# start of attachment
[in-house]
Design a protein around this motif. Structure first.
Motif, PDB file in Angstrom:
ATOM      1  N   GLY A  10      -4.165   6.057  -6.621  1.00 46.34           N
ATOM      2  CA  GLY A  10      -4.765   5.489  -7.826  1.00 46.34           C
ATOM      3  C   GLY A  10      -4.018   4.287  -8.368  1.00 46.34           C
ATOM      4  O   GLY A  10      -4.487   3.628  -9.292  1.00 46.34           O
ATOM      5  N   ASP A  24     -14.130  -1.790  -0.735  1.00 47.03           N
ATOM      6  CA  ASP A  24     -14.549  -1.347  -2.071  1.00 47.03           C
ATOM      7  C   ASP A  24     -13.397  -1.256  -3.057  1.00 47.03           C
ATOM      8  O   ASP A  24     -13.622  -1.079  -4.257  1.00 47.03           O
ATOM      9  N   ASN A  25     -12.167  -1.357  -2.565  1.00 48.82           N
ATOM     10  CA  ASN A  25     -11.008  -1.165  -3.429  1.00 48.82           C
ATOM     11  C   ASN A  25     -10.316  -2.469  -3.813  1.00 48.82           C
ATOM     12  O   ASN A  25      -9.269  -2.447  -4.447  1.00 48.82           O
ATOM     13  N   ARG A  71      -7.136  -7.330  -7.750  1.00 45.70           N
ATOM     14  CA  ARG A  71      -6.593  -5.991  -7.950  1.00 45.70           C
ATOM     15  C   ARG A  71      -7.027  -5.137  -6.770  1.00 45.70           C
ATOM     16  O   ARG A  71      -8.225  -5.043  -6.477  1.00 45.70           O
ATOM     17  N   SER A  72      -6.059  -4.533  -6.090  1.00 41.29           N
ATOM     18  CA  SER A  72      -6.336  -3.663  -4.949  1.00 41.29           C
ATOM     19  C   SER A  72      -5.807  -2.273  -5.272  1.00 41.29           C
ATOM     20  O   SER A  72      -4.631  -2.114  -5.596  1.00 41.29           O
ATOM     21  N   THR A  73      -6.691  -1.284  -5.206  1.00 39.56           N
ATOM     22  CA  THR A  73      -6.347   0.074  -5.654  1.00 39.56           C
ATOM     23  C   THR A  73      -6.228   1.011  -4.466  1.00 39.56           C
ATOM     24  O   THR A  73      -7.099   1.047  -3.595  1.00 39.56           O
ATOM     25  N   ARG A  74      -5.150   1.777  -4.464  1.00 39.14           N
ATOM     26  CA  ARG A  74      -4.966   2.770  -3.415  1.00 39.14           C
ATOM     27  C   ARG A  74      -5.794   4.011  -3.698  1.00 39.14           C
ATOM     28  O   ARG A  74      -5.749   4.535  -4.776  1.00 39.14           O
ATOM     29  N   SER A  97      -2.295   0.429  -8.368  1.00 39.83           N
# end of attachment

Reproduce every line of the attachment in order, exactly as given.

[in-house]
Design a protein around this motif. Structure first.
Motif, PDB file in Angstrom:
ATOM      1  N   GLY A  10      -4.165   6.057  -6.621  1.00 46.34           N
ATOM      2  CA  GLY A  10      -4.765   5.489  -7.826  1.00 46.34           C
ATOM      3  C   GLY A  10      -4.018   4.287  -8.368  1.00 46.34           C
ATOM      4  O   GLY A  10      -4.487   3.628  -9.292  1.00 46.34           O
ATOM      5  N   ASP A  24     -14.130  -1.790  -0.735  1.00 47.03           N
ATOM      6  CA  ASP A  24     -14.549  -1.347  -2.071  1.00 47.03           C
ATOM      7  C   ASP A  24     -13.397  -1.256  -3.057  1.00 47.03           C
ATOM      8  O   ASP A  24     -13.622  -1.079  -4.257  1.00 47.03           O
ATOM      9  N   ASN A  25     -12.167  -1.357  -2.565  1.00 48.82           N
ATOM     10  CA  ASN A  25     -11.008  -1.165  -3.429  1.00 48.82           C
ATOM     11  C   ASN A  25     -10.316  -2.469  -3.813  1.00 48.82           C
ATOM     12  O   ASN A  25      -9.269  -2.447  -4.447  1.00 48.82           O
ATOM     13  N   ARG A  71      -7.136  -7.330  -7.750  1.00 45.70           N
ATOM     14  CA  ARG A  71      -6.593  -5.991  -7.950  1.00 45.70           C
ATOM     15  C   ARG A  71      -7.027  -5.137  -6.770  1.00 45.70           C
ATOM     16  O   ARG A  71      -8.225  -5.043  -6.477  1.00 45.70           O
ATOM     17  N   SER A  72      -6.059  -4.533  -6.090  1.00 41.29           N
ATOM     18  CA  SER A  72      -6.336  -3.663  -4.949  1.00 41.29           C
ATOM     19  C   SER A  72      -5.807  -2.273  -5.272  1.00 41.29           C
ATOM     20  O   SER A  72      -4.631  -2.114  -5.596  1.00 41.29           O
ATOM     21  N   THR A  73      -6.691  -1.284  -5.206  1.00 39.56           N
ATOM     22  CA  THR A  73      -6.347   0.074  -5.654  1.00 39.56           C
ATOM     23  C   THR A  73      -6.228   1.011  -4.466  1.00 39.56           C
ATOM     24  O   THR A  73      -7.099   1.047  -3.595  1.00 39.56           O
ATOM     25  N   ARG A  74      -5.150   1.777  -4.464  1.00 39.14           N
ATOM     26  CA  ARG A  74      -4.966   2.770  -3.415  1.00 39.14           C
ATOM     27  C   ARG A  74      -5.794   4.011  -3.698  1.00 39.14           C
ATOM     28  O   ARG A  74      -5.749   4.535  -4.776  1.00 39.14           O
ATOM     29  N   SER A  97      -2.295   0.429  -8.368  1.00 39.83           N